An increasing percentage of rural families are choosing to home-school their children.
Most published research on rural home-schoolers is from the late 1990s, and at that time, rural home-schoolers represented 2.2 percent of the school-age population, compared with the national average of 1.7 percent, according to a new article on the Daily Yonder news Web site.
Those figures have grown considerably since then. In 2007, 2.9 percent of the country’s children were home-schooled, and the geographic area with the highest percentage of home-schooled students was “rural,” with 4.9 percent, according to the most recent National Center for Education Statistics. The nation had more than 1.5 million children taught at home in 2007.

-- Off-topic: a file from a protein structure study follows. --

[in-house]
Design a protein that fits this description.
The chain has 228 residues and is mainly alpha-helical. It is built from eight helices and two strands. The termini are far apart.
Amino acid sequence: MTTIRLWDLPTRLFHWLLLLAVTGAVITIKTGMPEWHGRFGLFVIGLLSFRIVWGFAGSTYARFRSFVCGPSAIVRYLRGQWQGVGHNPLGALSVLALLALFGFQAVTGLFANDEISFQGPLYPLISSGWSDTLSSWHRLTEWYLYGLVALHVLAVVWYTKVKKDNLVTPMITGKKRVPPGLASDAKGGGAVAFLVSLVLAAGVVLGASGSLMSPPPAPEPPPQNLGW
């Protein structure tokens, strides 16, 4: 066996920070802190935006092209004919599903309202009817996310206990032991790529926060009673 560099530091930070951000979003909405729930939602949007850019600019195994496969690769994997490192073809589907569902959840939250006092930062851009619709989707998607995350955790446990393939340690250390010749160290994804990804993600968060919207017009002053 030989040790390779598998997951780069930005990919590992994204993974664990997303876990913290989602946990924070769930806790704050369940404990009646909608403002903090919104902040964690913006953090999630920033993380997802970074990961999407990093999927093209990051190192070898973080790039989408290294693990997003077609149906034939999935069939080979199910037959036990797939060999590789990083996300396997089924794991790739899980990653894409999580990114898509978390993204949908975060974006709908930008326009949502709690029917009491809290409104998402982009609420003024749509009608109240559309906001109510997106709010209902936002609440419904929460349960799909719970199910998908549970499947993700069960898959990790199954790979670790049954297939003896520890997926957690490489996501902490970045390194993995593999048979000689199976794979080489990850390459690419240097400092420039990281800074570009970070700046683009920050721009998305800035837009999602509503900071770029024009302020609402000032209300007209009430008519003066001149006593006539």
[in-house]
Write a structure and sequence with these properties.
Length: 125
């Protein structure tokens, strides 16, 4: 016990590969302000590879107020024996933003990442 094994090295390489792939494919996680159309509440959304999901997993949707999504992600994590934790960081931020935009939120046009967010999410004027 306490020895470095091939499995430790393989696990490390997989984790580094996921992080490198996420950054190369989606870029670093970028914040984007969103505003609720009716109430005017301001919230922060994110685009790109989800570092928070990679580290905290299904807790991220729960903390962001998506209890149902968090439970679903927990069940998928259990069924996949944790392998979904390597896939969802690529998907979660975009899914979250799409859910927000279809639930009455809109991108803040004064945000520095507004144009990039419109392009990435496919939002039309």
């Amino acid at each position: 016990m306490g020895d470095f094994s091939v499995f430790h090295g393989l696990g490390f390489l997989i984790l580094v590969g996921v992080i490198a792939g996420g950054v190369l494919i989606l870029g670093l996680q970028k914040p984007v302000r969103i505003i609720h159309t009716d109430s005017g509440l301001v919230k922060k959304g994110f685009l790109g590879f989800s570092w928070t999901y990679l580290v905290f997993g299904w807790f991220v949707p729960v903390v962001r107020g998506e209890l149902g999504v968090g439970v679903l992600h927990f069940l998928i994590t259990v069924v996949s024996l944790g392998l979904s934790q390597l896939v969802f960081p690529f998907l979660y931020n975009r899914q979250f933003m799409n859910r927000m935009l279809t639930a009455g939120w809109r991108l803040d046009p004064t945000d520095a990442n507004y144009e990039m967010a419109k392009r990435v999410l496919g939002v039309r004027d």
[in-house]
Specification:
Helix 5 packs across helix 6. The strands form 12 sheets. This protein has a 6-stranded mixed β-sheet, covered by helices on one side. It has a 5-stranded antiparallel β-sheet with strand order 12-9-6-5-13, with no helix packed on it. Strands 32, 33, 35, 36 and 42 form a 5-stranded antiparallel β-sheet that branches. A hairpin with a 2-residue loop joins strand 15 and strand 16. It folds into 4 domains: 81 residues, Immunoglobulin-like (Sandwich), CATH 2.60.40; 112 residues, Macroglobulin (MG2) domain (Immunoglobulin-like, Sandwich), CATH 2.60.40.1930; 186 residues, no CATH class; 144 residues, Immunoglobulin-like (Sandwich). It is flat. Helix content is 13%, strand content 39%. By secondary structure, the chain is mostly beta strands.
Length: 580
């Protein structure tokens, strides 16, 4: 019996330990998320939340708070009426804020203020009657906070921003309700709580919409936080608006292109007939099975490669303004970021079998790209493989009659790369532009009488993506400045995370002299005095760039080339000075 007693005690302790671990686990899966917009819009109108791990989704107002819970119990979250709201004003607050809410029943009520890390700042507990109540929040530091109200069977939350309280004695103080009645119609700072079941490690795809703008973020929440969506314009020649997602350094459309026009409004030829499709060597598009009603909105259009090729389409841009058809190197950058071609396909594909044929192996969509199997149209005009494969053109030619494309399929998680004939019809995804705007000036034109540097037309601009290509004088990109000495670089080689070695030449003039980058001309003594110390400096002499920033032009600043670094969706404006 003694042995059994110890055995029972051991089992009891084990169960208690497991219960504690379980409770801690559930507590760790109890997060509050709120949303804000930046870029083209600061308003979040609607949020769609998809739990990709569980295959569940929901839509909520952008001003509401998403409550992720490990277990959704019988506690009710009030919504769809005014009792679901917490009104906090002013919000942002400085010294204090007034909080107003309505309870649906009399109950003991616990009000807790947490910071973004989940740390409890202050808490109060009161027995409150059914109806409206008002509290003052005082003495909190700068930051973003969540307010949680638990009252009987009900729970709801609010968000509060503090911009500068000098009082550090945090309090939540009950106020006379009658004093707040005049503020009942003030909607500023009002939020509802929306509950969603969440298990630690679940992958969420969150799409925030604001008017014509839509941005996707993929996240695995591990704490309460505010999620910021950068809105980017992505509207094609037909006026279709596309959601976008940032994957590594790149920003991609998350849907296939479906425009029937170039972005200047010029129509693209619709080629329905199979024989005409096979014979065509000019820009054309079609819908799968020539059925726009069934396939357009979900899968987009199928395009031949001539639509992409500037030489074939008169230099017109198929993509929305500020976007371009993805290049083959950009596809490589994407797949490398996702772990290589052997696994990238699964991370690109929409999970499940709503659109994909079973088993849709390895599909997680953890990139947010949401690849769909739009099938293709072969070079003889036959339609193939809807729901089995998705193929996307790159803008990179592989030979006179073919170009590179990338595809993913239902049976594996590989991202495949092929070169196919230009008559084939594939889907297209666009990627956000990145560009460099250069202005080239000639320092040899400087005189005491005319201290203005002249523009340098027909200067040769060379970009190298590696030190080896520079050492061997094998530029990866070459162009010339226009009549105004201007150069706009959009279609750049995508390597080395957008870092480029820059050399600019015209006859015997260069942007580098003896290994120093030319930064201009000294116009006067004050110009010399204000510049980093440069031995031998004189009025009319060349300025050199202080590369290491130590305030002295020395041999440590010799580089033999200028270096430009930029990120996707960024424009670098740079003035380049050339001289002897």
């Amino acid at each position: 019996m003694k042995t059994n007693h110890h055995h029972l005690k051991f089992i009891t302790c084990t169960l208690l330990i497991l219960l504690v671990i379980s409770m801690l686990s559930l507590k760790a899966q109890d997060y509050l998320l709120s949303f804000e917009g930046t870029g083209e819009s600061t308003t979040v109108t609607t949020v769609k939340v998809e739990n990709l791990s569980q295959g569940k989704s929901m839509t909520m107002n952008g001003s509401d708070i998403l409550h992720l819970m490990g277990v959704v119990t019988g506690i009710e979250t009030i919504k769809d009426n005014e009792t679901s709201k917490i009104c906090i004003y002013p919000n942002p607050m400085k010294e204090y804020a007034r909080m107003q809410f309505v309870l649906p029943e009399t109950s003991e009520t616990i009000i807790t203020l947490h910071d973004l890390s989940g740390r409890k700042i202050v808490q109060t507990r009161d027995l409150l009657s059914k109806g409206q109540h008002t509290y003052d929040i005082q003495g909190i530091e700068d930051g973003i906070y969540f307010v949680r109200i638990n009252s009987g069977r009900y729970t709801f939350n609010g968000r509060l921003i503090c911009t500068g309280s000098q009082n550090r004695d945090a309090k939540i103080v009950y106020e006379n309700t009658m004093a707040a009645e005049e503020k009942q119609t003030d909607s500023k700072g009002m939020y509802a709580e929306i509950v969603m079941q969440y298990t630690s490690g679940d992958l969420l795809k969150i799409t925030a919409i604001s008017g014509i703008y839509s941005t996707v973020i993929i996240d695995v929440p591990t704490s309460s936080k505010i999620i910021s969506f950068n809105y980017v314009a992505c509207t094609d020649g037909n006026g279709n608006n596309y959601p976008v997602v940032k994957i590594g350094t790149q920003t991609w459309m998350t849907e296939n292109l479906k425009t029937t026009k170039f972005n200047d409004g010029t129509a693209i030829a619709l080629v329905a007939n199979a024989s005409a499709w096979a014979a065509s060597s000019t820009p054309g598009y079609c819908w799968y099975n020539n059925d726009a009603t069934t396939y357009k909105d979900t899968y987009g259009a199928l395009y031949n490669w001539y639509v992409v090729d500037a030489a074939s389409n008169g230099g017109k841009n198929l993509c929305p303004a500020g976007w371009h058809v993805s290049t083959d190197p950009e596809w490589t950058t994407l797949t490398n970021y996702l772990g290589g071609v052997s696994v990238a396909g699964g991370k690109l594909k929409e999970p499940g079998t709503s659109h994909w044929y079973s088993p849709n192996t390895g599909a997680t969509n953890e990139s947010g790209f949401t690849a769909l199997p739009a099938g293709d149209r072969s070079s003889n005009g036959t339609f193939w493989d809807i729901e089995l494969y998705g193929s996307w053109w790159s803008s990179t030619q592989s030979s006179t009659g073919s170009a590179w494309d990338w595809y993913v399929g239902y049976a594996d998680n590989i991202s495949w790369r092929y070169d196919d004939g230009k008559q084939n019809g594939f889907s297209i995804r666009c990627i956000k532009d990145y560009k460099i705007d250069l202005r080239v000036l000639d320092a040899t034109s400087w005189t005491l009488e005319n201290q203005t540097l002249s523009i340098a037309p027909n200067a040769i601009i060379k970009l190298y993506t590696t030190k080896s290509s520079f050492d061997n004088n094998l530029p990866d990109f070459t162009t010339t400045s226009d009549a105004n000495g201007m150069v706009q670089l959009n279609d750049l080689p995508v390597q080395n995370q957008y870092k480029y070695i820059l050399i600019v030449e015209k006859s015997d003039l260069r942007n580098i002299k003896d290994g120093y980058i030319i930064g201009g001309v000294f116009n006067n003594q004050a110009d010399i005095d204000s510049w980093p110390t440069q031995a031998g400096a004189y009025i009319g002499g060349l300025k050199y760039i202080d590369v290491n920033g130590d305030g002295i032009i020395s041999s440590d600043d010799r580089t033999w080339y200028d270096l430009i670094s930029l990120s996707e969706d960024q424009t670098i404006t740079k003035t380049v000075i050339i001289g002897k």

Although some rural residents have been drawn to home schooling because of their isolated location, others say rural communities can be hostile toward the practice.
“Local schools can become prickly because lower student population census means funding cuts,” said Scott Woodruff, a senior counsel at the nonprofit Home School Legal Defense Association, which works to protect parents’ rights to home-school their children, in the Daily Yonder article. “People may lose their jobs, and schools may close. Administrators may become antagonistic especially if a family of five pulls out of the public school. There is more aggressive hostility and berating of our rural home-school families.”
A version of this news article first appeared in the Rural Education blog.